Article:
Ann Gagné, “Race, Place, and Perspective in the Victorian Period”: VSAO Conference

Ann Gagné is College Instructor at Seneca College in Toronto, Canada. Her current research explores how touch and ethics relate to education as well as the spatial framing of learning in the nineteenth century which is an extension of themes found in her doctoral dissertation. She is very active on Twitter @AnnGagne and also writes a blog that relates to teaching and pedagogical strategies at www.allthingspedagogical.blogspot.ca The end of the term at Ontario colleges and universities usually means instructors spending quality time with essays

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The Pinteresting Broken-Doll Aesthetic of Neo-Victorian Alices

By Amanda Lastoria, Simon Fraser University Alice’s Adventures in Wonderland (1865) endures as one of ‘the most popular children’s classics in the English language’[i], thanks to the creative vision and commercial savvy of Lewis Carroll and his contemporary publishers. Carroll created not just the Alice text, but the Alice books. Carroll was an art director. He oversaw the illustration, design and production of the first edition of Alice, and he (re)published the text in multiple editions that strategically segmented the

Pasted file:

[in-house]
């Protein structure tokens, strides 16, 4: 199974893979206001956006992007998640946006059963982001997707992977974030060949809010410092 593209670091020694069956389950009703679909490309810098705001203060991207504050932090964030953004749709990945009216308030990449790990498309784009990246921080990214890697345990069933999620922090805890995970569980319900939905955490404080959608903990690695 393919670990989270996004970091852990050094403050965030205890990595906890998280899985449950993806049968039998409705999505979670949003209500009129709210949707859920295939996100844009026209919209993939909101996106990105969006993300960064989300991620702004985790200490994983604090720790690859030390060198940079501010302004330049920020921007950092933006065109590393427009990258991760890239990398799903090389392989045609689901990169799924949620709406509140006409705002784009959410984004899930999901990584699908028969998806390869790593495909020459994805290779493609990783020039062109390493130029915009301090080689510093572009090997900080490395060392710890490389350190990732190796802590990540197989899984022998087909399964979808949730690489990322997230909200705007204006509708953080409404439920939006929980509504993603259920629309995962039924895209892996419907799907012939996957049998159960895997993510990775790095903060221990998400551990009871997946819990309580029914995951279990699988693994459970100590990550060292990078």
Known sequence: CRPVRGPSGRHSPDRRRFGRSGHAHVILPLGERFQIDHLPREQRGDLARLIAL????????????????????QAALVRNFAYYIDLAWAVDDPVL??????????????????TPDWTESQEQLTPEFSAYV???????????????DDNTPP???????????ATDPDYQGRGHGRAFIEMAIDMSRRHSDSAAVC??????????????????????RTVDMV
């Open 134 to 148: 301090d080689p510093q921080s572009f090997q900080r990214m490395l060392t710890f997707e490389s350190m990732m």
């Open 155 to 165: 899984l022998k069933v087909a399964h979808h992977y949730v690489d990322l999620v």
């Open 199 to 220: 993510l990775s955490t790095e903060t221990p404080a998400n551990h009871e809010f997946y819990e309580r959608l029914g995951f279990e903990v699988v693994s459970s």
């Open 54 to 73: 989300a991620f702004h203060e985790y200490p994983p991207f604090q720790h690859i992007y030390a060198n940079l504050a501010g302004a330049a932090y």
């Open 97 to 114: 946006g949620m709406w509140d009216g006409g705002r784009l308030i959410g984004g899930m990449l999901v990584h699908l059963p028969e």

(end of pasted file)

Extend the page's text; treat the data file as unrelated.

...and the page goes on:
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Ethics and the Digital Archive: The Case for Visualizing H. Rider Haggard

By Kate Holterhoff, Carnegie Mellon University Over the past fifteen years, digitization has completely revised archival work. Digital texts introduce novel means of encountering the past because they simultaneously exist materially and ideally; everywhere and nowhere; in the past and the present. As NINEs and BRANCH founder Dino Felluga argues, ‘our current postmodern age tends toward dematerialization’ (308), or what Alan Liu of RoSE and Transliteracies calls ‘unit-detail atomism’ (84), suggesting that online archives are postmodern by virtue of their

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The Cult of Beauty: The Victorian Avant-Garde 1860-1900

by Pearl Chaozon-Bauer University of California, Davis Upon entering “The Cult of Beauty: The Victorian Avant-Garde 1860-1900,” an exhibit at the Legion of Honor that features art work and pieces from poets, painters, sculptors, designers and architects who produced art for the sake of art, I expected to be intoxicated and affected by the beauty that the exhibit promised to deliver.  Since these artists championed the axiom that the only purpose of art is to be beautiful, I anticipated losing

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